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Christopher Hogwood & Academy of Ancient Music - Handel: Alceste; Comus (1989)

Classic | Author: SELMER | 23-04-2018, 11:04
Christopher Hogwood & Academy of Ancient Music - Handel: Alceste; Comus (1989)
Artist: Christopher Hogwood & Academy of Ancient Music
Title Of Album: Handel: Alceste; Comus
Year Of Release: 1989
Label: Decca Music / L'Oiseau-Lyre
Country: UK
Genre: Classical
Quality: FLAC (*image + .cue, log, scans)
Bitrate: Lossless
Time: 73:57
Full Size: 375 MB


01 Overture 5:42
02 Grand Entree 2:09
03 Ye Happy People 0:23
04 Triumph, Hymen, In The Pair 2:32
05 Still Caressing, And Caress'd 2:37
06 Ye Swift Minutes As Ye Fly 3:23
07 O Bless, Ye Powers Above 1:49
08 Gentle Morpheus, Son Of Night 7:20
09 Ye Fleeting Shades, I Come 4:27
10 Thrice Happy Who In Life Excel 1:52
11 Enjoy The Sweet Elysian Grove 5:45
12 Thrice Happy 1:51
13 Come Fancy, Empress Of The Brain 5:45
14 Symphony / He Comes, He Rises From Below 1:30
15 All Hail, Thou Mighty Son Of Jove! 2:15
16 Symphony 1:50
17 From High Olympus' Top 0:44
18 Tune Your Harps, All Ye Nine / First Dance 3:02
19 The Last Dance / Triumph, Thou Glorious Son Of Jove 2:05

20 There In Blissful Shades And Bow'rs 3:44
21 Happy, Happy, Happy Plains! 1:37
22 There Sweetest Flowers Of Mingled Hue 5:16
23 Happy, Happy, Happy Plains! 1:36
24 There Youthful Cupid, High Advanc'd 2:55
25 Happy, Happy, Happy Plains! 1:37

The events surrounding Handel's incidental music to Alceste are clouded in mystery. The play, ''a sort of Tragedy on the Story of Alceste'' as the author, Tobias Smollett called it, has never been recovered and moreover the performances due for early 1750 were unaccountably cancelled—despite large sums already expended to secure the best scenery, sets and actors. Handel's music, predictably, found its way into new projects for that year but the score of Alceste still gives us an insight into the role music played in the original conception, one not entirely dissimilar to the part Purcell's music played in English semi-operas a couple of generations earlier; none of the major protagonists sing but music is used to affirm the narrative or enhance the prevailing emotion. One such affecting moment, and one of Emma Kirkby's golden arias on record, is the first aria sung by the muse, Calliope. ''Gentle Morpheus'' is essentially an adopted Lullian sommeil in which this minor character appears to Admetus (Alceste's wife) in a notably cathartic dream, here transformed by the new Italian da capo mentality.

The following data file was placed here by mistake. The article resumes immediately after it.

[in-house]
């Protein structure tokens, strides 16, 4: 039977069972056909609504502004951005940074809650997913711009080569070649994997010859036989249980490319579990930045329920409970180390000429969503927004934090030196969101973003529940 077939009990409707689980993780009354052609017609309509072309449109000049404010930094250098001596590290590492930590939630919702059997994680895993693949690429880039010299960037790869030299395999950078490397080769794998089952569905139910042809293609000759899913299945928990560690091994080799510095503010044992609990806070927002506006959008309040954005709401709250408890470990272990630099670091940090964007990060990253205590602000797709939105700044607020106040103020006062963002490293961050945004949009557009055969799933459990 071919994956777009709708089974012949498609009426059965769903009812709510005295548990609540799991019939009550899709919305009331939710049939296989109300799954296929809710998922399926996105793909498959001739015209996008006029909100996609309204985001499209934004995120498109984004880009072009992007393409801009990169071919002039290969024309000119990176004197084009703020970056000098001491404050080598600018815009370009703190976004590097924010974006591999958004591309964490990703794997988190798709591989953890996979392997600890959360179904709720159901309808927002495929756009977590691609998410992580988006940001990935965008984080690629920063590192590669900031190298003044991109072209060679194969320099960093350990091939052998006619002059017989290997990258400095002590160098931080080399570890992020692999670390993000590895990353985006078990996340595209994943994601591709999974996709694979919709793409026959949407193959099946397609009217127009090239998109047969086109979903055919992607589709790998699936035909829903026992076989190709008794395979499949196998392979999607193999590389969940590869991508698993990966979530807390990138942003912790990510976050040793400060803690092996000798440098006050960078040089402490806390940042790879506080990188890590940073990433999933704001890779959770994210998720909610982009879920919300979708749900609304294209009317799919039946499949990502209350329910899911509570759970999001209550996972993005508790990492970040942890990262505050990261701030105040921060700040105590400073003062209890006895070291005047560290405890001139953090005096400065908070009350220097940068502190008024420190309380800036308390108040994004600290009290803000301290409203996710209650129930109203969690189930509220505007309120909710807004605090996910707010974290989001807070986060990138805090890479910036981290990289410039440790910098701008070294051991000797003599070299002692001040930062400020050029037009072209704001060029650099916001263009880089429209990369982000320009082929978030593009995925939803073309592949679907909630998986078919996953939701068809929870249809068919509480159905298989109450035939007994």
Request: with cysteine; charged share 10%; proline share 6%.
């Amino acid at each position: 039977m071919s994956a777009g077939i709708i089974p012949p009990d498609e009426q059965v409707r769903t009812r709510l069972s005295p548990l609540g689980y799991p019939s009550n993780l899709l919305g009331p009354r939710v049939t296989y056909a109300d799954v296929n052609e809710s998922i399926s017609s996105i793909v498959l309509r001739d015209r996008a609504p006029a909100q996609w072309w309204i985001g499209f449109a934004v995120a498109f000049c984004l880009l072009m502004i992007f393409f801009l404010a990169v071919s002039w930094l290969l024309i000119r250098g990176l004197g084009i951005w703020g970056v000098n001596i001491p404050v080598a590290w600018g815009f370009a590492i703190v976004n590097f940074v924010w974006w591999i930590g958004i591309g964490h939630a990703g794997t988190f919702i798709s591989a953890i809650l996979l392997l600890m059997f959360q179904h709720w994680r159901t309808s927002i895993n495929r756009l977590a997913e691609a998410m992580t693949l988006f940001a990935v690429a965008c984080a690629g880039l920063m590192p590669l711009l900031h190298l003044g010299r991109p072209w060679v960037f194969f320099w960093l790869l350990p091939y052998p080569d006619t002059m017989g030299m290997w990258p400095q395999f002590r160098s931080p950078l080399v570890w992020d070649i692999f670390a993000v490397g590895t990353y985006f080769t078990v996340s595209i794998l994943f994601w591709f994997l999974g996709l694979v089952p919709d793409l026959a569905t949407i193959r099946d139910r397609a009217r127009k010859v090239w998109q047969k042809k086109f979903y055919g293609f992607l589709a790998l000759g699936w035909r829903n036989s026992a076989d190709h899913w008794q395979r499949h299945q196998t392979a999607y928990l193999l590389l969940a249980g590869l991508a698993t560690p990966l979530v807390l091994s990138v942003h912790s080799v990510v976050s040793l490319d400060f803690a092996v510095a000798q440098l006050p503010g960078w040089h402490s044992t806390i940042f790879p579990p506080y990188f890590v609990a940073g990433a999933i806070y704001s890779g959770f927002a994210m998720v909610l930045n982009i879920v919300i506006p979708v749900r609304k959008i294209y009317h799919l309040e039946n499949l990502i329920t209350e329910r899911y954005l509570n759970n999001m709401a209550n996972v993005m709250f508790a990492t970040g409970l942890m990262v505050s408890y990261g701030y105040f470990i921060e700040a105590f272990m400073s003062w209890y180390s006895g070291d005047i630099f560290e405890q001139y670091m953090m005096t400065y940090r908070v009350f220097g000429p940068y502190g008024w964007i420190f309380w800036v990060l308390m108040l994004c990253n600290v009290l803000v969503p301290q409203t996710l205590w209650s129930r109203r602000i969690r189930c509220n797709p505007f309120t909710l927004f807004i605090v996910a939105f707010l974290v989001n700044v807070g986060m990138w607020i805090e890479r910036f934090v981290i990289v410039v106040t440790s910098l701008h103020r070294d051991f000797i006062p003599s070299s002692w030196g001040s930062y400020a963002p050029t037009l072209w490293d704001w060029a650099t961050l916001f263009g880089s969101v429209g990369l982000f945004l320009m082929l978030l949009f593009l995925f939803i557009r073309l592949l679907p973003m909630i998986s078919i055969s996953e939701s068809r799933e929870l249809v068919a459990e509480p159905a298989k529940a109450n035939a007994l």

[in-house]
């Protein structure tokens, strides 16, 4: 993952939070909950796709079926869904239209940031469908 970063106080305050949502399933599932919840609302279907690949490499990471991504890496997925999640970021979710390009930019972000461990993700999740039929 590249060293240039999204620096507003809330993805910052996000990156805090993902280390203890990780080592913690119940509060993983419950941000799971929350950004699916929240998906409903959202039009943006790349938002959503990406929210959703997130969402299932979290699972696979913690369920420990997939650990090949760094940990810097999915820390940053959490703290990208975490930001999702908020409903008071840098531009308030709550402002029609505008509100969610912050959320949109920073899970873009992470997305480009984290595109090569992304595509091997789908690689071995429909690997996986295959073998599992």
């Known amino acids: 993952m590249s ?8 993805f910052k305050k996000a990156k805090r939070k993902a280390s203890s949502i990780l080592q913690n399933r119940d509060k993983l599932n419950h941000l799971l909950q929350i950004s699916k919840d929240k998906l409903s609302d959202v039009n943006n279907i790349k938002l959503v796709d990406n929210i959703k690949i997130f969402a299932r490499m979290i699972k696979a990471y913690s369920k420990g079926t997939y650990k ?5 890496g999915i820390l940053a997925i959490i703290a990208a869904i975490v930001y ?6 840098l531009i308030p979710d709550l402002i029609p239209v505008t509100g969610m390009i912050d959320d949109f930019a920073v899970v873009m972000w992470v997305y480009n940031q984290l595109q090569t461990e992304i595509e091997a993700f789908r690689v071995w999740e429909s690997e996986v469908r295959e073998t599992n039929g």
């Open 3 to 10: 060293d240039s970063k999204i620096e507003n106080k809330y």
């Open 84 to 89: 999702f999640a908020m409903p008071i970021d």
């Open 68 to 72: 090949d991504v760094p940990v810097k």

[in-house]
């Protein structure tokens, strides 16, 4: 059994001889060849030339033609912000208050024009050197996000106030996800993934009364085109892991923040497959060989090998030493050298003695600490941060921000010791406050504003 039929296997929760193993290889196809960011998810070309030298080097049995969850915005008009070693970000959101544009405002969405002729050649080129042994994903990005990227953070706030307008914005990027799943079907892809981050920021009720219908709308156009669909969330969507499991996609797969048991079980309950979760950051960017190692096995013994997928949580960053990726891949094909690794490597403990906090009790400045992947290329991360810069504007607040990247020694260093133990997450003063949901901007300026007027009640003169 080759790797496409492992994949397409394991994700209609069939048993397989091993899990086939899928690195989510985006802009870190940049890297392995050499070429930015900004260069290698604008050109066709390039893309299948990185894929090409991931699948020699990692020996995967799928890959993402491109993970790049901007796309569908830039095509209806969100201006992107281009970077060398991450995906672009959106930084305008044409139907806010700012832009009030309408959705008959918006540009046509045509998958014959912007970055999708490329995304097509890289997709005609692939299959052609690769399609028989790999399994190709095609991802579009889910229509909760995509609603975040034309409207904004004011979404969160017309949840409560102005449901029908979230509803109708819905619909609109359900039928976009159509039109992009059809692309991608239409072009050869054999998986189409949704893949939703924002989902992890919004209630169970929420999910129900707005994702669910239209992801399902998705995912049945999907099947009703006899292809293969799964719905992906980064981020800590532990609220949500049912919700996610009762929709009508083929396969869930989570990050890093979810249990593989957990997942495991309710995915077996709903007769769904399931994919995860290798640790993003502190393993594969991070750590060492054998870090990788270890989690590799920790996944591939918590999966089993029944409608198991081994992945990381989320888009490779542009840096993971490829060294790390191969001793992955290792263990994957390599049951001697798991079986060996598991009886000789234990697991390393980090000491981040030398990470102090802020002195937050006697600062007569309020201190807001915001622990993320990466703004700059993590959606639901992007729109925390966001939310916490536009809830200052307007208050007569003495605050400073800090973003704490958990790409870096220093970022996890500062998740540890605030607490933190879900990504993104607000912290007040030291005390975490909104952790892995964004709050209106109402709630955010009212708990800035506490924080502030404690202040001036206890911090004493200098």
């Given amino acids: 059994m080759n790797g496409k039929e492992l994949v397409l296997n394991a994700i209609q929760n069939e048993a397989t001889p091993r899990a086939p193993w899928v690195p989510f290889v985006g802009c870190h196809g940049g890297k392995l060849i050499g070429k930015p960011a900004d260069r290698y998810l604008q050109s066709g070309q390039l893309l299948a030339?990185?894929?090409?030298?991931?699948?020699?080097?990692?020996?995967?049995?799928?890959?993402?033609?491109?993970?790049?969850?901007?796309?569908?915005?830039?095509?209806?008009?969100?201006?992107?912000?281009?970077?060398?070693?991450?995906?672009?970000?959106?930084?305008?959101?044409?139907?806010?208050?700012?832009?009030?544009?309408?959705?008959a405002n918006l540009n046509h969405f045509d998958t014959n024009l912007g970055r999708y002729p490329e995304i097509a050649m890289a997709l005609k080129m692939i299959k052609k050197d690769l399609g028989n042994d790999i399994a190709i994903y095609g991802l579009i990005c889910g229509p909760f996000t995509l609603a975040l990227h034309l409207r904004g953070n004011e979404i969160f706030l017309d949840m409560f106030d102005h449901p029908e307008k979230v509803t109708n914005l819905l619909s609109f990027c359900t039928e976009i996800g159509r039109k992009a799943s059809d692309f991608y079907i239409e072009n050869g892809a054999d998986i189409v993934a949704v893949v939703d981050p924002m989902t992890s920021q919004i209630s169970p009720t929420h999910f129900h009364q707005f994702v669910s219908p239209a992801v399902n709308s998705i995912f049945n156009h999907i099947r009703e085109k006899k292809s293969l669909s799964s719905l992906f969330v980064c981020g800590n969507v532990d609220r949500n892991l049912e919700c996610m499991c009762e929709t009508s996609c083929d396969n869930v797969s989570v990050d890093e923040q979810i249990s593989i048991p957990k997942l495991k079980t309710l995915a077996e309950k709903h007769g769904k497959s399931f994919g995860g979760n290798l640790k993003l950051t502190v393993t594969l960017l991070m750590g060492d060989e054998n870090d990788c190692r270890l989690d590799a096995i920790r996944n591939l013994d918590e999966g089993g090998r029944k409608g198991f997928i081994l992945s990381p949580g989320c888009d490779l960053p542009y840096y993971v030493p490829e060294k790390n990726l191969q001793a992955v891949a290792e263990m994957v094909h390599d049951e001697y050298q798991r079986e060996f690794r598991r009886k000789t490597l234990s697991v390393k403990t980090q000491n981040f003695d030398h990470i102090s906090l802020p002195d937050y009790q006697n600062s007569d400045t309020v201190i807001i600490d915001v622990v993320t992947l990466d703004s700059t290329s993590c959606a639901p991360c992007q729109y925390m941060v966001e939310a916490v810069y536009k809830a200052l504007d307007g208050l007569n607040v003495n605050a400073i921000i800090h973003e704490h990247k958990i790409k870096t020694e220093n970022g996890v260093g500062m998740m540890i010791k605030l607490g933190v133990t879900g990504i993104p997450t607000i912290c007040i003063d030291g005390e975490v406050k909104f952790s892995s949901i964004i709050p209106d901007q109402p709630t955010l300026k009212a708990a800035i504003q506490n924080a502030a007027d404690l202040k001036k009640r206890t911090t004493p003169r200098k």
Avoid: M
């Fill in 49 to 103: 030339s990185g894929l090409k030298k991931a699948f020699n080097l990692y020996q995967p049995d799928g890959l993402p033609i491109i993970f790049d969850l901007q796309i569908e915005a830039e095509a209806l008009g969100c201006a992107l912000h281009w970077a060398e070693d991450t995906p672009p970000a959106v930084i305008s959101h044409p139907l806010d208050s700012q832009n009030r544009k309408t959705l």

My initial reaction on returning to a recording which encapsulated so much of the pioneering spirit of the British 'period performance' movement is that the clarity of that new sound-world is still freshly communicated, as in the case with so many of Florilegium re-releases. Cynics might claim that a work such as this represents no more than a sort of musical Laura Ashley pattern where no real interpretative demands are made on the performers, hence a perfect canvas for all to shine in the early music milieu of 1979. I would say in response, that despite the distinctly undramatic nature of the music, the good judgement and gentleness of touch which went into these sessions resulted in a Handel record of distinction. So much for critics of baroque string playing—it is a delight throughout. In ''Come Fancy'' the articulation is engagingly light and contributes significantly to Hogwood's astute characterization. The singing, typical of so many releases of the time, is in some contexts a little undemonstrative and precious but in others revelatory. Handel's slight setting of the epilogue from Milton's masque is worth hearing but does not warrant repeated listening as do the many joys of Alceste. -- Jonathan Freeman-Attwood, Gramophone

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